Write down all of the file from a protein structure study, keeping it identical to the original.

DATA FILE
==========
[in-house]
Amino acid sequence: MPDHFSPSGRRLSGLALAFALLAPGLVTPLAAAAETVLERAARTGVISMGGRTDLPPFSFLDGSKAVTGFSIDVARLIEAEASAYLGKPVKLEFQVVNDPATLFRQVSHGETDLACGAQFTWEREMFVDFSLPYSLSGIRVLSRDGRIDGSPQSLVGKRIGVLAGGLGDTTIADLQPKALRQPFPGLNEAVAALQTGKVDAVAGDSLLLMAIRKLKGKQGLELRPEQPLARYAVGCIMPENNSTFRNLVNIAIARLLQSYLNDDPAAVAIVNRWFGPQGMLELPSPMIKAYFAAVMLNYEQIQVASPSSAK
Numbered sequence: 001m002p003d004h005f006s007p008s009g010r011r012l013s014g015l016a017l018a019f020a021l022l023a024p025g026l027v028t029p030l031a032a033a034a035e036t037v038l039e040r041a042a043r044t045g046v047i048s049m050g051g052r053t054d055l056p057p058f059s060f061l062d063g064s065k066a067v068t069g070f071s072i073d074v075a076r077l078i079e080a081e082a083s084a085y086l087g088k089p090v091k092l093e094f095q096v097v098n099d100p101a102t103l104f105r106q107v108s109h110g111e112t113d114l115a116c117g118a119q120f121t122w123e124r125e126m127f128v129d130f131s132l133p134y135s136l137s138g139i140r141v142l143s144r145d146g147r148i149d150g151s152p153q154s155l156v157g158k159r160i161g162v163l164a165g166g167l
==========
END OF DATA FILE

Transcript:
[in-house]
Amino acid sequence: MPDHFSPSGRRLSGLALAFALLAPGLVTPLAAAAETVLERAARTGVISMGGRTDLPPFSFLDGSKAVTGFSIDVARLIEAEASAYLGKPVKLEFQVVNDPATLFRQVSHGETDLACGAQFTWEREMFVDFSLPYSLSGIRVLSRDGRIDGSPQSLVGKRIGVLAGGLGDTTIADLQPKALRQPFPGLNEAVAALQTGKVDAVAGDSLLLMAIRKLKGKQGLELRPEQPLARYAVGCIMPENNSTFRNLVNIAIARLLQSYLNDDPAAVAIVNRWFGPQGMLELPSPMIKAYFAAVMLNYEQIQVASPSSAK
Numbered sequence: 001m002p003d004h005f006s007p008s009g010r011r012l013s014g015l016a017l018a019f020a021l022l023a024p025g026l027v028t029p030l031a032a033a034a035e036t037v038l039e040r041a042a043r044t045g046v047i048s049m050g051g052r053t054d055l056p057p058f059s060f061l062d063g064s065k066a067v068t069g070f071s072i073d074v075a076r077l078i079e080a081e082a083s084a085y086l087g088k089p090v091k092l093e094f095q096v097v098n099d100p101a102t103l104f105r106q107v108s109h110g111e112t113d114l115a116c117g118a119q120f121t122w123e124r125e126m127f128v129d130f131s132l133p134y135s136l137s138g139i140r141v142l143s144r145d146g147r148i149d150g151s152p153q154s155l156v157g158k159r160i161g162v163l164a165g166g167l